Weekly Wire
Tucson Weekly Mississippi Mud

Carolyn Haines Tackles the Seamy, Humid Condition in Her Latest Novel

By Christine Wald-Hopkins

Touched, by Carolyn Haines (The Penguin Group). Paper, $11.95.

AUGUST 18, 1997:  TAKE A CHORUS of sanctimonious, stout Southern Protestant women. Add a bellchoir of their daughters. Bring on stage one high-kicking 10-year-old; her sexy, animistic mother, the old boys in town nipping from the moonshine jar...and you've got yourself the cast for an electric Southern story.

Carolyn Haines' new novel, Touched, takes place in pre-AC, Prohibition-era, Jexville, Mississippi. Sixteen-year-old Mattie, mail-ordered in to marry barber Elikah Mills, is summoned to the birthday party of the daughter of a town dignitary. Arriving just a little late, she walks directly into the long-standing squabble between the church ladies and JoHanna, the town's free spirit. The fat, chinless birthday girl is trying to gather the guests for ice cream; but JoHanna's slender, fully-chinned daughter Duncan is mesmerizing them with her version of the Charleston. Then lightning strikes. Literally. Duncan is hit, but survives, somewhat scathed. As the only one there to step in and take action for Duncan and her mother, Mattie is seen to be aligned with them. When Mattie's again present as Duncan begins to prophecy drownings, the die's cast; Mattie has joined up with the outsiders.

The themes of Touched relate to hypocrisy: religious, gender, ethical. The good Christians of Jexville backstab, compete for souls (the Methodists against the Baptists), and see the devil at work in the mouth of a child. (When Duncan recovers from the lightning strike, they claim even Satan wouldn't take her. Mattie replies that she went to God, and He sent her back with a mission.) In this town, where the ladies pass the communion grape juice as the men pass Tommy Ladimer's hooch, and where they hang a woman for getting back at her husband for a lifetime of beatings, herd mentality can eclipse reason. Innocents best beware the barber's tools.

Narrator Mattie's role as the naive outsider allows the reader to discover bit by bit just how nasty small, '20s-era Mississippi towns can be. We knew that. But Mattie didn't. First we have her "friend" Janelle confiding in her: "She said Elikah had gone to the station to meet me with enough money in an envelope to send me back home if I didn't look tractable and decent." They and their husbands take a trip to New Orleans, where something occurs that makes Mattie feel "touched by rot." Then there's Mattie's husband Elikah, handsome but good with both the razor and the strap. We first learn about him when a dry goods salesgirl, helping Mattie try on a dress, looks at the backs of Mattie's legs and comments, "You look a little young for marriage and a little old for a strappin'."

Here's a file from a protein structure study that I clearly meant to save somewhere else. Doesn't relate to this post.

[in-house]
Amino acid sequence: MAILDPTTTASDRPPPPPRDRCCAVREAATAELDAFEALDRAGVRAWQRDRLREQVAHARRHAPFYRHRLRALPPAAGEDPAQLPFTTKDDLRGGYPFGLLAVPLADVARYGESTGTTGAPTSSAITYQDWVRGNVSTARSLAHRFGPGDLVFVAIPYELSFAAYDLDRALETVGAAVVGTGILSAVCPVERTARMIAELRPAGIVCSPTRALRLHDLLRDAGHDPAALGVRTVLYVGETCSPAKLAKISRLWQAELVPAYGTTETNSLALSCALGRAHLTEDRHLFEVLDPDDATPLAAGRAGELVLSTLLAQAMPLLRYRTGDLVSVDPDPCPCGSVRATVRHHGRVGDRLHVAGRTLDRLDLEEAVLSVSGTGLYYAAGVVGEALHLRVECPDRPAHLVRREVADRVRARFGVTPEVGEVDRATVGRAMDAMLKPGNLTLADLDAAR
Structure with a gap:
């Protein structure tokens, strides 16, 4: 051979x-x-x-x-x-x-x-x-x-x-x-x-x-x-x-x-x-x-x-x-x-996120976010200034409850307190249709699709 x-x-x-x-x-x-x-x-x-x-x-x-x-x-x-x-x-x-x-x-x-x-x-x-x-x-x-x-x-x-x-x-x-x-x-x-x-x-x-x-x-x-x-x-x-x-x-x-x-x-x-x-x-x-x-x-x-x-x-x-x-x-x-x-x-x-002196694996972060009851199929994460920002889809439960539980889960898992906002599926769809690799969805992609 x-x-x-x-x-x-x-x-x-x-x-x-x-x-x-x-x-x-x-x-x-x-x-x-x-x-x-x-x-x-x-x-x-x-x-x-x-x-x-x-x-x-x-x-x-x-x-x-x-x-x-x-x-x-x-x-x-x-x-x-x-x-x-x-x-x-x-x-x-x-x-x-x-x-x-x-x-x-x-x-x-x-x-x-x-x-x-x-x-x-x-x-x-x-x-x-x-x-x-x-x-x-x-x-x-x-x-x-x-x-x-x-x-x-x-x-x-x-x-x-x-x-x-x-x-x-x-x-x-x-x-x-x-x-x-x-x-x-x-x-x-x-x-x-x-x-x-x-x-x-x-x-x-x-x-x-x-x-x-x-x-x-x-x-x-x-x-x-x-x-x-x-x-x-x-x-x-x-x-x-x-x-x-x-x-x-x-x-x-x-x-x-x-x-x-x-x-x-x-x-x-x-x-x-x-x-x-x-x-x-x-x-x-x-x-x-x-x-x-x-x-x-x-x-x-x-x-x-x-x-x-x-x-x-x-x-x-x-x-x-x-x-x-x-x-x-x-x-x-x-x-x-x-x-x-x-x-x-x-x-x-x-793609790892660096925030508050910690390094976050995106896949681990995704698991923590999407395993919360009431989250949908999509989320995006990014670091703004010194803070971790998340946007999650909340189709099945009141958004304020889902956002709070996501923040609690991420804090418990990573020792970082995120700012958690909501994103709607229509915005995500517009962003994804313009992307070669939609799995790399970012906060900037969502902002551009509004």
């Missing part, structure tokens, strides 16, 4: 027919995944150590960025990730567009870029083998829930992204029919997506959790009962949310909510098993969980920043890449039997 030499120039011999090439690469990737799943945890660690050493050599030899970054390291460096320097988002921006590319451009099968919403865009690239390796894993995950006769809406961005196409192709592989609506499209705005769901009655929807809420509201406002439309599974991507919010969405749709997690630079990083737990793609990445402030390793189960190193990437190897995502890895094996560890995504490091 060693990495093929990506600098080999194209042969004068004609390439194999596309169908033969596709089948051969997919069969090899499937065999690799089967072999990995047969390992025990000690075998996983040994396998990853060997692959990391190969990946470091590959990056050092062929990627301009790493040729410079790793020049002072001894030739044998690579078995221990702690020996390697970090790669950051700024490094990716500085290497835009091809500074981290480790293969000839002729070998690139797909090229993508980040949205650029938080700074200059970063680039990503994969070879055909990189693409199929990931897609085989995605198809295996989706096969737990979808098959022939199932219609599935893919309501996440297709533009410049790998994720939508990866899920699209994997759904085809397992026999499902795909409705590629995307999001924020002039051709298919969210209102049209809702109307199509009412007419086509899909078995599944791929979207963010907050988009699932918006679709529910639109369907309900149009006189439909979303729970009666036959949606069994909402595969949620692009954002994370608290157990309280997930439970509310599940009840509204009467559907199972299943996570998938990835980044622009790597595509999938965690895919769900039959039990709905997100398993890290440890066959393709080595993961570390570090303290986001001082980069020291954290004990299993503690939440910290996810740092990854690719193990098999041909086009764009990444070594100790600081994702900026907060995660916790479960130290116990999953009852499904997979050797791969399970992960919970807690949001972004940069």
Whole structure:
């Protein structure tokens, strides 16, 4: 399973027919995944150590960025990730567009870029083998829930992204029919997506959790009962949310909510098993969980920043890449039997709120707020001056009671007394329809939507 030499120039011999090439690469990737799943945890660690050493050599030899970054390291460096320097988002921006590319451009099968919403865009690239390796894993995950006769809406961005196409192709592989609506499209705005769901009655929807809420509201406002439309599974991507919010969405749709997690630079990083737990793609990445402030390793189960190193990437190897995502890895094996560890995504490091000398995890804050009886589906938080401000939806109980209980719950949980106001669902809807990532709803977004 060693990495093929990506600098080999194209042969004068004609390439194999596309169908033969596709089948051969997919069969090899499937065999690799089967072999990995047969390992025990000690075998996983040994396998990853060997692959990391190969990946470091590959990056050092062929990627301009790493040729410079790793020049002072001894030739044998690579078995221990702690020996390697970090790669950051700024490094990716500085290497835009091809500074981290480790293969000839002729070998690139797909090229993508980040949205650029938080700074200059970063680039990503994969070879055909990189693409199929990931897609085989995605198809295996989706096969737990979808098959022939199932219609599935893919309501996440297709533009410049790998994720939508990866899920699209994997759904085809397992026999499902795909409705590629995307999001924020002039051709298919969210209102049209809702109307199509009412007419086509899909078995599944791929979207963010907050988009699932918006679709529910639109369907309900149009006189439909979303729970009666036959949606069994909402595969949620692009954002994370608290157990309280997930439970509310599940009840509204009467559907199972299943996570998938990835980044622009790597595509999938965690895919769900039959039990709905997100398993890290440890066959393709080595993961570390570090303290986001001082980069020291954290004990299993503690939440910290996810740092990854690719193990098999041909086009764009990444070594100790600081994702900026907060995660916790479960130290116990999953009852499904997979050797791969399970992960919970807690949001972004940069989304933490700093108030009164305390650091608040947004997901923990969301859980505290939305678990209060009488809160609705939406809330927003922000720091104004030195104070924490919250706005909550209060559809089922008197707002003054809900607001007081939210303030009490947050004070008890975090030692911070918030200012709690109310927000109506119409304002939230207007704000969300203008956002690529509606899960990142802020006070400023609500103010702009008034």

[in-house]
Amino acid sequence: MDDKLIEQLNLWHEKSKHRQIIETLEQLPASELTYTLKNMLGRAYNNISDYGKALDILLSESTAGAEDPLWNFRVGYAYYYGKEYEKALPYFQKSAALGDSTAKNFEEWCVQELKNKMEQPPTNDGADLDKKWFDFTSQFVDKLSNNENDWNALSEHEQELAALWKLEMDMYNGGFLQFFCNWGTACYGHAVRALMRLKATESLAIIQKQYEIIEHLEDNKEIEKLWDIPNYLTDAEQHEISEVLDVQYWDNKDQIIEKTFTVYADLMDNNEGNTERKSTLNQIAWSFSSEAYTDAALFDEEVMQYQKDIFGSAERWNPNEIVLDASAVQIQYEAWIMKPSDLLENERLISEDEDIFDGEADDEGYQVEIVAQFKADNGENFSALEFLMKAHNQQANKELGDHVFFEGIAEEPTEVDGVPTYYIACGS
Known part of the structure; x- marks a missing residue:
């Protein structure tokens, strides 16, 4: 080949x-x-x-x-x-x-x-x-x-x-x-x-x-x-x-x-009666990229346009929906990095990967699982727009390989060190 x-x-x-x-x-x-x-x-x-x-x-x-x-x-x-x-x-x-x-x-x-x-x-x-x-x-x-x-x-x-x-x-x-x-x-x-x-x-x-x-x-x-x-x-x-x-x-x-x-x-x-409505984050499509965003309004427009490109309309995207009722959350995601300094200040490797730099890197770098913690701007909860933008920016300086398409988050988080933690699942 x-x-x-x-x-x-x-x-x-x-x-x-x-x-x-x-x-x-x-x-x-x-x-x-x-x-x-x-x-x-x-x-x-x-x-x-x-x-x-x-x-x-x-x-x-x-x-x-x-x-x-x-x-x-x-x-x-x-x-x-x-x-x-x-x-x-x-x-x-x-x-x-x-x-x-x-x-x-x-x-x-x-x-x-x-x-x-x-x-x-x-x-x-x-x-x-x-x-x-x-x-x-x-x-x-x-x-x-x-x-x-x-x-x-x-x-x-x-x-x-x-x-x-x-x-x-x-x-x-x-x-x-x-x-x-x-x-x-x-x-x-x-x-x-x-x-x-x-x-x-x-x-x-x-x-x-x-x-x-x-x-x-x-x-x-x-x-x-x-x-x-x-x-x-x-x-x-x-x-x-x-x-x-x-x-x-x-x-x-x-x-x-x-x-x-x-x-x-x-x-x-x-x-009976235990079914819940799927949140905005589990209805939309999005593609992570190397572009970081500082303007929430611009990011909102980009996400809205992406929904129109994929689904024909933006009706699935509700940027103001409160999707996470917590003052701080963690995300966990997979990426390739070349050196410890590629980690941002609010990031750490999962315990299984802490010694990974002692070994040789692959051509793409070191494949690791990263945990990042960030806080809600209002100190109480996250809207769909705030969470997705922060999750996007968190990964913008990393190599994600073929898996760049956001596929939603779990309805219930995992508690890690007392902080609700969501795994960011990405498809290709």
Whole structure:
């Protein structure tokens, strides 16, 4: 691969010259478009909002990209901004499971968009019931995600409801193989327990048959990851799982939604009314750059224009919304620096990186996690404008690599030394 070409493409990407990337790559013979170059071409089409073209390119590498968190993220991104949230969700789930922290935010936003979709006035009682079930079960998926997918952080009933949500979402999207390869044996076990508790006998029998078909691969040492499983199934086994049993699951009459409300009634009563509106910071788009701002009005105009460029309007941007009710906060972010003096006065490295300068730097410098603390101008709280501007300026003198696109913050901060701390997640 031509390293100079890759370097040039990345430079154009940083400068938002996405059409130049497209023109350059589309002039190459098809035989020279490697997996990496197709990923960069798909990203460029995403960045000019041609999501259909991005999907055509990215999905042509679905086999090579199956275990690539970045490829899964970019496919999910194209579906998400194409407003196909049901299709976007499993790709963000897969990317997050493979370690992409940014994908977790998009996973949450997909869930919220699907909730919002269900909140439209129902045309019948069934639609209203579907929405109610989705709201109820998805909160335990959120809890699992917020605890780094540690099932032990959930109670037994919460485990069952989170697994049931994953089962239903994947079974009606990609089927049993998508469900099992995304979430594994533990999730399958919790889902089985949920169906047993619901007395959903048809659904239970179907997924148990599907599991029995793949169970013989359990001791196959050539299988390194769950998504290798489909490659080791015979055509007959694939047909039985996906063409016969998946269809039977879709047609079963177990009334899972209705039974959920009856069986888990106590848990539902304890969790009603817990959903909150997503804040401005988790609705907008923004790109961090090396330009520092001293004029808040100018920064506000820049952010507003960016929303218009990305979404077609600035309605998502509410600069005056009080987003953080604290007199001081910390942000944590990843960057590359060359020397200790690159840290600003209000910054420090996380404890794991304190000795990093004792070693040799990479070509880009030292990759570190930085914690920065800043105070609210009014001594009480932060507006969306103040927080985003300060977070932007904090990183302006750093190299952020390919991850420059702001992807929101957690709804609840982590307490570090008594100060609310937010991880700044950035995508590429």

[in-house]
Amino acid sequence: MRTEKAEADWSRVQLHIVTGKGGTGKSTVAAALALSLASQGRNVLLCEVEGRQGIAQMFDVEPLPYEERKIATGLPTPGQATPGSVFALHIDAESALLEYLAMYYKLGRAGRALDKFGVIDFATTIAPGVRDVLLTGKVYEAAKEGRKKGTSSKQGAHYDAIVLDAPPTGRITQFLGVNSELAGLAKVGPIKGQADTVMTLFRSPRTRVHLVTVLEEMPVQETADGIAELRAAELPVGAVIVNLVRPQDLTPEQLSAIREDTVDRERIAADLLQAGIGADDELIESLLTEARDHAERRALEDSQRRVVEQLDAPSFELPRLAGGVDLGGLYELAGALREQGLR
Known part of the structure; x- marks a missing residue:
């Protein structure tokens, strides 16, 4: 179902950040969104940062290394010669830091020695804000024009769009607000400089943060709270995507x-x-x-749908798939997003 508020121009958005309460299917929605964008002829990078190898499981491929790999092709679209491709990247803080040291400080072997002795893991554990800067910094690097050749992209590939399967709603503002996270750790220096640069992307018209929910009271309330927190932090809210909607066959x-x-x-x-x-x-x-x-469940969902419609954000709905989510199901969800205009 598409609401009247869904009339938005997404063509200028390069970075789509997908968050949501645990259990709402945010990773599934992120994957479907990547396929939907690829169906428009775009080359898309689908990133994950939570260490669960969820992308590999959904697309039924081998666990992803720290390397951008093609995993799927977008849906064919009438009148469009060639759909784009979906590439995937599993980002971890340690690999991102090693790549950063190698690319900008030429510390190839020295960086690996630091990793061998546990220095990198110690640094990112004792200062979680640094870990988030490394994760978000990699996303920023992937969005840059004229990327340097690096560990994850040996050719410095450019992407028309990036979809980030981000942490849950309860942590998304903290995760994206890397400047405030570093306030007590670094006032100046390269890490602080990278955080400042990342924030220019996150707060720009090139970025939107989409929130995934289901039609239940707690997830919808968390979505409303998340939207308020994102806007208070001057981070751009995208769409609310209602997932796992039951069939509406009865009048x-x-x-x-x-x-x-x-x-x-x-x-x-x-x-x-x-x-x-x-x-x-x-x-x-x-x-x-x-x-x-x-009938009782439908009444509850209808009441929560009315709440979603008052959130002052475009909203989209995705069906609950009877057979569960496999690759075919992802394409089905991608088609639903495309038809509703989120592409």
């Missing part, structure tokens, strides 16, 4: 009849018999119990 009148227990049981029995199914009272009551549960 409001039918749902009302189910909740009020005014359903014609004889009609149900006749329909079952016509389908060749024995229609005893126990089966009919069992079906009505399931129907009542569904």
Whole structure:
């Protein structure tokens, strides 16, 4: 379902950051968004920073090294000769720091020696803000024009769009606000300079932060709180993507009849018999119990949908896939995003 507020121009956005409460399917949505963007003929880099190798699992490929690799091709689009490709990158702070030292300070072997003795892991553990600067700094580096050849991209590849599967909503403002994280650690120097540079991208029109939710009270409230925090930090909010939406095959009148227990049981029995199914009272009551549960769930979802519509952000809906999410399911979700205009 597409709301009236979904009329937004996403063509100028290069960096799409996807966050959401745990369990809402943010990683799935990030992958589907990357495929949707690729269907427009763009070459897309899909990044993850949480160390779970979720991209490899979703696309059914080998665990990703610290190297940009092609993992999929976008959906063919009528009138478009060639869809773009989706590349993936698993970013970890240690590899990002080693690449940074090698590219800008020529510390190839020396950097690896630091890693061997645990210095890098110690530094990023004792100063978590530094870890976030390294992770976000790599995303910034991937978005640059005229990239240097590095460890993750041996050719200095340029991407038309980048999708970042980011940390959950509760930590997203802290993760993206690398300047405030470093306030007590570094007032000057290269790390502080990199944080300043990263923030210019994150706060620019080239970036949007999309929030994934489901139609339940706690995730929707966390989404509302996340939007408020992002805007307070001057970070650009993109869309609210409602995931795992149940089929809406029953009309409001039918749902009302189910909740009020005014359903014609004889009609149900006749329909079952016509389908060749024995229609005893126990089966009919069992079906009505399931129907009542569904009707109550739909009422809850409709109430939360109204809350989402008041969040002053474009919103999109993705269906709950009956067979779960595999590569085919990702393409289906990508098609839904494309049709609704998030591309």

Mattie has the same initial reaction to Floyd, the village idiot, as everyone in Jexville except Duncan's family. But we soon see him as a gentle- giant storyteller. As is the scandalous JoHanna, who eschews the Methodist service for a sort of nature-worship (and wears filmy, immodest dresses and attention-getting hats as she drives her red touring car through town). Then there's her daughter Duncan, confined to a wheelchair after the lightning strike, who keeps busy dreaming of drownings; John, the Chickasaw-Mingo-Scot-Irish-Welsh writer materializes down by the river; and Pecos, the attack rooster. Together with Mattie, they make quite a crew.

When JoHanna helps Mattie end the pregnancy she fears will consign her to Elikah's abuse forever, and Red Lassiter ignores Duncan's pleas to avoid the logs on the river, this crew needs to pull together. Because don't nobody mess with Elikah's property. And the town's superstitious: It views prescience as pernicious.

Don't go to Touched for a literary experience. There's not a lot of Faulkner in Carolyn Haines' writing. But she establishes her ambiance well: This Mississippi heat is as thick and threatening as Bubba breath. Quite a bit happens in the novel, but Haines shows refreshing restraint in her narration. Rather than wallow in what turns out to be pretty sordid sex and violence, she cuts away in a manner that suits her young narrator.

It's a natural for film: You've got your sultry setting, your good guys, your bad guys, and...you've got lots of action. Especially after Duncan dreams those bodies in the tree.

And it's entertaining. Touched is a pool-side or monsoon afternoon page-turner.


Weekly Wire Suggested Links







Page Back Last Issue Current Issue Next Issue Page Forward

Books: 1 2 3 4 5 6 7 8 9 10

Weekly Wire    © 1995-99 DesertNet, LLC . Tucson Weekly . Info Booth . Powered by Dispatch